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1911 Encyclopedia Britannica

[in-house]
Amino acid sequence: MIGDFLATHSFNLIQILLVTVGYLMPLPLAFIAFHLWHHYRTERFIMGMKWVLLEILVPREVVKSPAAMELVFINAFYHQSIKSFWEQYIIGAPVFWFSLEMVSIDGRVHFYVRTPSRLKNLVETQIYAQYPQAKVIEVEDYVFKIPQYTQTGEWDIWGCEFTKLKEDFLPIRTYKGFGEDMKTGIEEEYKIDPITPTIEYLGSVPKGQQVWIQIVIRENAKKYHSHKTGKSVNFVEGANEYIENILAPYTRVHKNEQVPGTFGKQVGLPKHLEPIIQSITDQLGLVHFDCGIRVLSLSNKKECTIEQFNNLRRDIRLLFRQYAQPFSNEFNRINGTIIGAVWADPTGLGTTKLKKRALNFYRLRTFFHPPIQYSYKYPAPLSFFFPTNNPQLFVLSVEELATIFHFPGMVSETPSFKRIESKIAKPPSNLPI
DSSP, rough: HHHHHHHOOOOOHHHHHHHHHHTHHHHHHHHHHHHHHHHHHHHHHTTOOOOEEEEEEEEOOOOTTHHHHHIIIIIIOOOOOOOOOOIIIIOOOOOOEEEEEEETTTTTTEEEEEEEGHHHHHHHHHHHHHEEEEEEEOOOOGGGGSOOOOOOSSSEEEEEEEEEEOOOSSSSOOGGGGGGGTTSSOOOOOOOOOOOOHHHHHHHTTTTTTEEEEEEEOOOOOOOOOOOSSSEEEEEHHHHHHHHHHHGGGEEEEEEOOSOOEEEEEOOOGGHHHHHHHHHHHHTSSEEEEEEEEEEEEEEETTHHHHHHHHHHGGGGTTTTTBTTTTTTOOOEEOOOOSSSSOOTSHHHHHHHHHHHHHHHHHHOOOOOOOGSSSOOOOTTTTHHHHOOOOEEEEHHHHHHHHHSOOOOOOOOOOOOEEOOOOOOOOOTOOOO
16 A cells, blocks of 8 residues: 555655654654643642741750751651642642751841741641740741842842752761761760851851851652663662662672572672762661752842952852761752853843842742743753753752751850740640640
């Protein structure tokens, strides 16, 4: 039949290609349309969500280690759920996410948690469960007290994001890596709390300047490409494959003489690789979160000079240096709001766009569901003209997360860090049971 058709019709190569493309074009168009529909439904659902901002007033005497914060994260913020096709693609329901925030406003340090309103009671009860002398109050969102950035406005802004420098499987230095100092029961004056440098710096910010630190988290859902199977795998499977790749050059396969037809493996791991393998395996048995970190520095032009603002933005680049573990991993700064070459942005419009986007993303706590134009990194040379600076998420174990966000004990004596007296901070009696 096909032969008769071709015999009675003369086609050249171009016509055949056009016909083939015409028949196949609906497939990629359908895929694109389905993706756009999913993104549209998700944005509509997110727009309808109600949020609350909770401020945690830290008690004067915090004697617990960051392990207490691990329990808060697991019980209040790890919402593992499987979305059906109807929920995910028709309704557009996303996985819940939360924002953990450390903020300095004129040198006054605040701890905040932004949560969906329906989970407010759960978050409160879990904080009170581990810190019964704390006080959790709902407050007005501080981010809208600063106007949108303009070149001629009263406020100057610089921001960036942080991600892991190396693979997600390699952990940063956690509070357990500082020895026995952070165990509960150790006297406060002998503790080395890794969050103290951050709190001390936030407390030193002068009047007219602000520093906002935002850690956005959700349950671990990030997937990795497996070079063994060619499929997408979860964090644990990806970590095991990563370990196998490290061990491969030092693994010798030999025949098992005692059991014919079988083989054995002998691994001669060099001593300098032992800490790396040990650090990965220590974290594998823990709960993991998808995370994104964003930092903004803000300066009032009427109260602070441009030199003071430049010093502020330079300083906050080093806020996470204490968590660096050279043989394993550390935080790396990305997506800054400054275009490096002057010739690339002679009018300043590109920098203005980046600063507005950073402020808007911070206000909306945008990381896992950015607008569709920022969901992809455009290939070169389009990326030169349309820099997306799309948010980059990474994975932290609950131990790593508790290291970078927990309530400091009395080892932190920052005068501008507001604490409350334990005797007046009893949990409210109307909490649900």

(through Fr. from Lat. metallum, mine, quarry, adapted from Gr. .4TaXXov, in the same sense, probably connected with µET aXXav, to search after, explore, pETa, after, AXXos, other). Originally applied to gold, silver, copper, iron, tin, lead and bronze, i.e. substances having high specific gravity, malleability, opacity, and especially a peculiar lustre, the term "metal" became generic for all substances with these properties. In modern chemistry, however, the metals are a division of the elements, the members of which may or may not possess all these characters. The progress of science has, in fact, been accompanied by the discovery of some 70 elements, which may be arranged in order of their "metallic" properties as above indicated, and it is found that while the end members of the scale are most distinctly metallic (or non-metallic), certain central members, e.g. arsenic, may be placed in either division, their properties approximating to both metallic and non-metallic. One chemical differentia utilizes the fact that metals always form at least one basic oxide which yields salts with acids, while nonmetals usually form acidic oxides, i.e. oxides which yield acids with water. This definition, however, is highly artificial and objectionable on principle, because when we speak of metals we think, not of their chemical relations, but of a certain sum of mechanical and physical properties which unites them all into one natural family.